But more troubling for the media giant, analysts have begun raising flags about the future financial health of its America Online unit, pegged as the company's cash cow. The division was hit hard this quarter by the downturn in advertising, a trend that is unlikely to improve in the near future. In response, Merrill Lynch analyst Henry Blodget downgraded AOL Time Warner to "neutral" from "buy."
"While reported revenue and EBITDA were in line, we are concerned with underlying trends at AOL," Blodget wrote in a note to investors Wednesday morning. "We believe this sudden drop may be the result of the rolling off of long-term contracts priced at the height of the online advertising market.
"As a result, we are not optimistic about a near-term recovery in AOL's (advertising and commerce) revenue."
For the quarter, AOL Time Warner posted $2.5 billion in earnings before interest, taxes, depreciation and amortization (EBITDA), up from $2.1 billion in the same period last year. AOL Time Warner Chief Executive Gerald Levin reiterated that the company expects to reach double-digit EBITDA growth in 2002.
Including one-time charges, the company's net loss grew to $996 million from $902 million last year. The charges stemmed from $134 million in merger-related expenses and a $196 million noncash write-down from its investments.
Excluding certain charges, the media giant reported earnings of 30 cents a share. Analysts had expected AOL Time Warner to post a profit of 26 cents a share, according to First Call.
The report, a barometer on the condition of the media industry, was not surprising. The company last month warned that it would not reach its aggressive year-end financial goals of $40 billion in revenue and $11 billion in EBIDTA, which measures cash flow. AOL Time Warner blamed the declining advertising market and the events surrounding the Sept. 11 terrorist attacks for the shortfall.
In the aftermath of the attacks, a wave of analysts concerned about advertising growth cut revenue estimates for the quarter to $9.15 billion, according to First Call.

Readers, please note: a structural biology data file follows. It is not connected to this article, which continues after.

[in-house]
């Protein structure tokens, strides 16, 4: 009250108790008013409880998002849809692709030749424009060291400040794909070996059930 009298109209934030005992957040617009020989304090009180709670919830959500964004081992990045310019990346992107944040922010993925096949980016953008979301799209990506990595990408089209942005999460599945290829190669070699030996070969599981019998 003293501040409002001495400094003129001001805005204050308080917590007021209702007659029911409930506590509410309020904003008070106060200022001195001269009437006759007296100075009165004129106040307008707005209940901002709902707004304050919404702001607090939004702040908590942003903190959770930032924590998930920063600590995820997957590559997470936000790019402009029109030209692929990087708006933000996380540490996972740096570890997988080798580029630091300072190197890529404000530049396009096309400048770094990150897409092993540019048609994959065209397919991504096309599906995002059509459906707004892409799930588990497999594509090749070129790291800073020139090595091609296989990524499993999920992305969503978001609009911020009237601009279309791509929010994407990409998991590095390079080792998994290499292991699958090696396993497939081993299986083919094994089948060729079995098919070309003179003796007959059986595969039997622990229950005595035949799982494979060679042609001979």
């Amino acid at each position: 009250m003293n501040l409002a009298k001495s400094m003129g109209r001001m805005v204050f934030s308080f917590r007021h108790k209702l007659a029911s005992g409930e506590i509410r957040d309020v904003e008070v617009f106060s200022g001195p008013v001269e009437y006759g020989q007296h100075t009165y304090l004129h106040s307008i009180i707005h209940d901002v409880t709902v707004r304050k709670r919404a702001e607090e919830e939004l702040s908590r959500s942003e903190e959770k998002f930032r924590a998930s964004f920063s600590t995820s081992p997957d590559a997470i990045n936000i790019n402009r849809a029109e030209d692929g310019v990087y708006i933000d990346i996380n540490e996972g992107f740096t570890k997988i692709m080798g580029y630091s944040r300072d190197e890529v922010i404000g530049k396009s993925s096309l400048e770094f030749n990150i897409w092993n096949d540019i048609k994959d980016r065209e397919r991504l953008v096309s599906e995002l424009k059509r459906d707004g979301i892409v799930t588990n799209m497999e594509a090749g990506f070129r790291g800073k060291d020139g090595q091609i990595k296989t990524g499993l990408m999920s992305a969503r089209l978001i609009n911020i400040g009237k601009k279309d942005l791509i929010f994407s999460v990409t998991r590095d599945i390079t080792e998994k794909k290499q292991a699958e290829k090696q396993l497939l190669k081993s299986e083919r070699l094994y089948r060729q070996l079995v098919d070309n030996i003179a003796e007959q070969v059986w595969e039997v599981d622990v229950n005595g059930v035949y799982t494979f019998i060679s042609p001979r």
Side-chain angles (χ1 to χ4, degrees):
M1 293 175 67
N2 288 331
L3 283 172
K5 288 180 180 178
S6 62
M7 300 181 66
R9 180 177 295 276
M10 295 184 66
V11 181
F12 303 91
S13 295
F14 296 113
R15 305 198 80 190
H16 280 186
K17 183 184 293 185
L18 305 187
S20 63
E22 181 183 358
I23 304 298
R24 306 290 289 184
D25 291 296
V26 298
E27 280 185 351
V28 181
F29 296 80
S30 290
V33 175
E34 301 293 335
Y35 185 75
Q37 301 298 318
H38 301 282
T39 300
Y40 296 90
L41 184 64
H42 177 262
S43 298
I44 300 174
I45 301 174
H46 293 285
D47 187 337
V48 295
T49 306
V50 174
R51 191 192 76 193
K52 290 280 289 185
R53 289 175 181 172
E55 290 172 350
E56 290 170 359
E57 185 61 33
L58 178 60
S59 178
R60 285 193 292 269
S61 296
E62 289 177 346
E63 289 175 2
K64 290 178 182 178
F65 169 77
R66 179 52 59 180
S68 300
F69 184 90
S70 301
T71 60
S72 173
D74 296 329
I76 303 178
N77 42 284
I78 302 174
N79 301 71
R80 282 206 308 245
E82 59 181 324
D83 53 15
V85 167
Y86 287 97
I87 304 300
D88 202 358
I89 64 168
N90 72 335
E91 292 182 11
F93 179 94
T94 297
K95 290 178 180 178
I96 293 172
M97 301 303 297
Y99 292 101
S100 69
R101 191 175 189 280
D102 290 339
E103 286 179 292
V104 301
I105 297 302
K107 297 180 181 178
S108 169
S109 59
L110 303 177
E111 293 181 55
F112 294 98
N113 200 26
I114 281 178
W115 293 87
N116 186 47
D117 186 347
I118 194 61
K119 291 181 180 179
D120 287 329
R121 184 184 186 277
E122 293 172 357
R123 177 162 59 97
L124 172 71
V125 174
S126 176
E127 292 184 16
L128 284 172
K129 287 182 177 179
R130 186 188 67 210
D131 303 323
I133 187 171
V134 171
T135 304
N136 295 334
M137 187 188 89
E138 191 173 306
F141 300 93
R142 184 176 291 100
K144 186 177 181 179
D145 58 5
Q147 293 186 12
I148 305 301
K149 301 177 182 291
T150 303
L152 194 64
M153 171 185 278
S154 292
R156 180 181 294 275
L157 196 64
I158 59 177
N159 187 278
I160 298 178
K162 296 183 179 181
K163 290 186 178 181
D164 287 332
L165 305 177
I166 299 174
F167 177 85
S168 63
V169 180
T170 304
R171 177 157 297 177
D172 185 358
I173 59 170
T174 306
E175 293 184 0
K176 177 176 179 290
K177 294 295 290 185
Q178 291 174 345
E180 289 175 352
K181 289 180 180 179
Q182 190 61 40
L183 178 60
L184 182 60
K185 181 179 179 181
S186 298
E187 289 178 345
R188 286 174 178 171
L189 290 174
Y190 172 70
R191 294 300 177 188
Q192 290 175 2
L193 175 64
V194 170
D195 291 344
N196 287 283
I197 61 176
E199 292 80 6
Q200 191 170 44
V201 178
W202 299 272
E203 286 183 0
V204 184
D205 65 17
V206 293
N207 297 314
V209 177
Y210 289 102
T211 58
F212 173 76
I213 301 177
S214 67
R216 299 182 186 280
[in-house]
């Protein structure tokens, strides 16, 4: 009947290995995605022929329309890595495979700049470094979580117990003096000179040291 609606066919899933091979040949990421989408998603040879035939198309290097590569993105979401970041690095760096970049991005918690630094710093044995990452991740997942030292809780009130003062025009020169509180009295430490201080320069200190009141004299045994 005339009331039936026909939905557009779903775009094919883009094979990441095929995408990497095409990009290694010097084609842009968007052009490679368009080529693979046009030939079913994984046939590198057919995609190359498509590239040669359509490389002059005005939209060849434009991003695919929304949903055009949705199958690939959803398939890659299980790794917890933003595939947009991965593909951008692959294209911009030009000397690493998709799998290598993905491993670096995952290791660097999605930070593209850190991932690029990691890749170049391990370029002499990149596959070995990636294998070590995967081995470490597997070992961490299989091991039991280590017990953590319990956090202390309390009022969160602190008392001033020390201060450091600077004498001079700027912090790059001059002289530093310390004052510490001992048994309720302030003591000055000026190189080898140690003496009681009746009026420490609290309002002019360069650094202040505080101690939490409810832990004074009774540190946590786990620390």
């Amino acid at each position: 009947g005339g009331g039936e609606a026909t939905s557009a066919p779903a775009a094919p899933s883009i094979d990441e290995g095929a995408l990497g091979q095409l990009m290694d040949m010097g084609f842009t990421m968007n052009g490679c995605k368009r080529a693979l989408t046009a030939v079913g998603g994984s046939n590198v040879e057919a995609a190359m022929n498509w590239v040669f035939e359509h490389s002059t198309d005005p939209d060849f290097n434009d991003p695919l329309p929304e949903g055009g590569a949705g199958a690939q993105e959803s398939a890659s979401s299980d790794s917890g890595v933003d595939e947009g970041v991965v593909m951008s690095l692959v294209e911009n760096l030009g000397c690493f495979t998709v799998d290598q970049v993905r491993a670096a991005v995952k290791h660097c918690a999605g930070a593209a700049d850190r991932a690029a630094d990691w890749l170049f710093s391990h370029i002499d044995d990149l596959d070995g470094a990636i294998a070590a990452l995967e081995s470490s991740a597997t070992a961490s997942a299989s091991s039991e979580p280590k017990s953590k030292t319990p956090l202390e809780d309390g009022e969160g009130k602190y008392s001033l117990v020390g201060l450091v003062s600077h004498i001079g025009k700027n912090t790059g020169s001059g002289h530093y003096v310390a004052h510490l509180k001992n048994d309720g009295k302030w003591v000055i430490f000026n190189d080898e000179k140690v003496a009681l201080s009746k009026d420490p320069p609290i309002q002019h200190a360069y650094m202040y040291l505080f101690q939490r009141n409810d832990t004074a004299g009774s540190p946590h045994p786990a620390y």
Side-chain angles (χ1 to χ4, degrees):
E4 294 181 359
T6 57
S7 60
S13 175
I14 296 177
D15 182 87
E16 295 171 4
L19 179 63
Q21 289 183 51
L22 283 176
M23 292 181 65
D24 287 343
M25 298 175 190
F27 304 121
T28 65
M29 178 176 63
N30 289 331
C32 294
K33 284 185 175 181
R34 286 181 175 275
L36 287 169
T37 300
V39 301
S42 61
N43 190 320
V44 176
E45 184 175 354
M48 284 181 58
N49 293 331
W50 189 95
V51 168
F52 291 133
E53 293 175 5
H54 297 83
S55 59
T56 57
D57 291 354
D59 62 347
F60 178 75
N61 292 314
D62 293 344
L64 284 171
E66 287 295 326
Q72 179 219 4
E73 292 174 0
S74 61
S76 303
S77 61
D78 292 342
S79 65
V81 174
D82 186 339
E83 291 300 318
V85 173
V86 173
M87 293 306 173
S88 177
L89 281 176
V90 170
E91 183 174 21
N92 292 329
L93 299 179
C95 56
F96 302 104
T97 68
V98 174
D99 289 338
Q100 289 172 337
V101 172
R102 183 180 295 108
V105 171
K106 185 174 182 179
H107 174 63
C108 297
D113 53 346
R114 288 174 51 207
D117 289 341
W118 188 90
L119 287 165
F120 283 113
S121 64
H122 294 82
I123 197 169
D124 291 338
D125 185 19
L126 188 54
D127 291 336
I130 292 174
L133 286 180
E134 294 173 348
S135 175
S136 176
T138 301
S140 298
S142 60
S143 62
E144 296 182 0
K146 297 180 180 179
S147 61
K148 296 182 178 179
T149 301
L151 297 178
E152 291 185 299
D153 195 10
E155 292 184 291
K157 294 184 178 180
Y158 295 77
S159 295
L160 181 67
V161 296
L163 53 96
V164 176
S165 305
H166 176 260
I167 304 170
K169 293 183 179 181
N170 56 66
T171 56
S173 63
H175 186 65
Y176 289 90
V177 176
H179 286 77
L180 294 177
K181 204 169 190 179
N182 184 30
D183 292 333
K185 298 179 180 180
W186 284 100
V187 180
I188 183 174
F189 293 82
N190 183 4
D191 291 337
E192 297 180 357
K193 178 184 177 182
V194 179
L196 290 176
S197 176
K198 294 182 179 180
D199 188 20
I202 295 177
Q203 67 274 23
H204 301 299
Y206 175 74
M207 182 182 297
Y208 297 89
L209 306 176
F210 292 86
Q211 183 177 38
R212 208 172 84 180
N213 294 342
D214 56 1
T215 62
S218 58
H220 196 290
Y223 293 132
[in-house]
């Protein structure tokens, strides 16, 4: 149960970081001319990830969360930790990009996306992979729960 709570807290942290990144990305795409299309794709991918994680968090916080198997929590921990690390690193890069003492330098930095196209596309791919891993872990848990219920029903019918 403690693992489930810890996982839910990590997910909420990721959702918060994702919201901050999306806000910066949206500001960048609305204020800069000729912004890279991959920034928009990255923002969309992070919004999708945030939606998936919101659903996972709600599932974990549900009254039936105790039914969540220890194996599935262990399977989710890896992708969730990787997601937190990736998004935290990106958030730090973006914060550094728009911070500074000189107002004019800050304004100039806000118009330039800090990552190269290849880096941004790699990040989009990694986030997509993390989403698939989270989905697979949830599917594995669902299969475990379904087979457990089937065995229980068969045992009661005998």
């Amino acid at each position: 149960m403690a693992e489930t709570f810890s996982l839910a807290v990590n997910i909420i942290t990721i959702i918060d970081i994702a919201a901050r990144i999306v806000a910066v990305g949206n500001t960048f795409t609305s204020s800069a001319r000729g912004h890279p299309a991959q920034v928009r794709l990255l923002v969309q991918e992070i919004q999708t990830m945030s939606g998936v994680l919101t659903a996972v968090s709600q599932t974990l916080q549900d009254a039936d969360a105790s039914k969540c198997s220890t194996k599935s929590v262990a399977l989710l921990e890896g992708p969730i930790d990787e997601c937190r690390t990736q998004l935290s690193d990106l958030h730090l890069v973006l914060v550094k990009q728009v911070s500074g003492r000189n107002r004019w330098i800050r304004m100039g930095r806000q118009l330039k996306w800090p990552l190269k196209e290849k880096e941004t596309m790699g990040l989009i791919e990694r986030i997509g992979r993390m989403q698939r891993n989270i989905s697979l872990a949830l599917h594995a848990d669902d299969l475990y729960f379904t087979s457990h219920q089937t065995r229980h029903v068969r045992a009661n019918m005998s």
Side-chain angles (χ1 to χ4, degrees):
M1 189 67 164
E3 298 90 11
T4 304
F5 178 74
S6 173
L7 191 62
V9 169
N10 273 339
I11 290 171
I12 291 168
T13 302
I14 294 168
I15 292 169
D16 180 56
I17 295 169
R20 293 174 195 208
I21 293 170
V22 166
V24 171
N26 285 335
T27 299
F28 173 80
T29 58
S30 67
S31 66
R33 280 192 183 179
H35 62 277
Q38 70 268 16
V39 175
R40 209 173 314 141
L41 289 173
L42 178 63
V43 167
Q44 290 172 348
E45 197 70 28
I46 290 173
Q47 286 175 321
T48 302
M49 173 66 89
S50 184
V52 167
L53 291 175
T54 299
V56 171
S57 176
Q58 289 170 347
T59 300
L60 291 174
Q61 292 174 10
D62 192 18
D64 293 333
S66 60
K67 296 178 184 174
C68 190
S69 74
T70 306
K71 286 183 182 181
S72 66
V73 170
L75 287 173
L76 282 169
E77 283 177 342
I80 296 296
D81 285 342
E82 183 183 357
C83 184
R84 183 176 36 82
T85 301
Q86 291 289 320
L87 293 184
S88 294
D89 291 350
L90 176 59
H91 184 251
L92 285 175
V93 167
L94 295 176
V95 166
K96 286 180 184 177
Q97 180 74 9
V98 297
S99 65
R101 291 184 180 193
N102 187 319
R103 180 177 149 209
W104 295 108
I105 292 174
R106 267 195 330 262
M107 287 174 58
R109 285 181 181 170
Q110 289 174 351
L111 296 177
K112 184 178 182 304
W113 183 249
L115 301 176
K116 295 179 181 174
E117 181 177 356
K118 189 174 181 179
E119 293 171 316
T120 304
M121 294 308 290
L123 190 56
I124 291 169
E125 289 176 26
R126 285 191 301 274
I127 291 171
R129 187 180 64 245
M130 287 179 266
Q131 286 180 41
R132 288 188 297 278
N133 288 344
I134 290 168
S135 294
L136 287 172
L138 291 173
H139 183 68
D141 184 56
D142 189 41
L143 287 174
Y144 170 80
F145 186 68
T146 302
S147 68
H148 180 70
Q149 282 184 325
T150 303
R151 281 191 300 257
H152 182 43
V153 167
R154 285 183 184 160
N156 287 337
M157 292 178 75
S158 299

"I give them an A for effort and a B+ for execution," said Jordan Rohan, an equity analyst at SoundView Technology Group. "The cable networks unit showed very good cost discipline, but it looks to me that the AOL unit could lag for the next few quarters."
Advertising and commerce contracts are rolling over or having to be renegotiated, Rohan said. "Clearly, that revenue stream will be more difficult to generate in the future."
The company reported a 5 percent drop in advertising and commerce revenue, compared with the year-ago quarter, to $1.9 billion. "The market for advertising continues to look weak," J. Michael Kelly, AOL Time Warner CFO, said during a conference call with analysts.
One bright spot in the company's report was its subscription business, long touted by executives as a stabilizing force in a rocky economy. Subscriptions rose 13 percent to $4.2 billion, bolstered by membership growth in the America Online unit, Time Warner Cable's digital service and the Road Runner broadband Internet service provider. Despite these stronger subscription gains, advertising continues to drag down the company's earnings.
Here's a look at AOL Time Warner's performance by division:
America Online: The Internet powerhouse showed a significant slowdown in its advertising revenue, reporting 5 percent growth from last year to $624 million, in contrast to last quarter's 26 percent growth to $706 million. Still, revenue in the division climbed 13 percent to $2.2 billion, $1.4 billion of which came from monthly subscription fees.
AOL added 1.3 million members for a total of 31.2 million worldwide during the period. EBITDA reached $742 million, a 22 percent increase.
Cable Networks: Viewed as the company's other growth engine, Time Warner Cable reported 17 percent revenue growth to $1.8 billion. Subscriptions rose 15 percent to $1.6 billion; advertising and commerce rose 41 percent to $175 million. EBITDA jumped 11 percent to $791 million.
Filmed Entertainment: The movie business grew 5 percent to $2.1 billion spurred by films such as "Rush Hour 2," "Cats & Dogs," "A.I." and "Swordfish." The division is also anticipating potential holiday blockbusters "Harry Potter and the Sorcerer's Stone" in November, and "The Lord of the Rings" in December. DVD sales grew 96 percent from last year.
Networks: Broadcast and cable networks showed a 4 percent increase in revenue to $1.7 billion. But advertising dollars continued to hurt the division, marked by a 10 percent decline from last year. EBITDA climbed 29 percent to $450 million. The division was hit hard when CNN and local affiliates stopped running advertising for nearly a week for coverage of the Sept. 11 attacks.
Music: Warner Music Group continued its revenue decline, down 1 percent, a result of slow CD sales and unfavorable currency exchange rates. EBITDA plummeted 21 percent to $87 million because of the revenue decline and an
increase in marketing spending.
Publishing: The company's magazine and book division reported a 4 percent revenue increase to $1.1 billion, but advertising and commerce
dropped 1 percent. EBITDA climbed 41 percent to $196 million.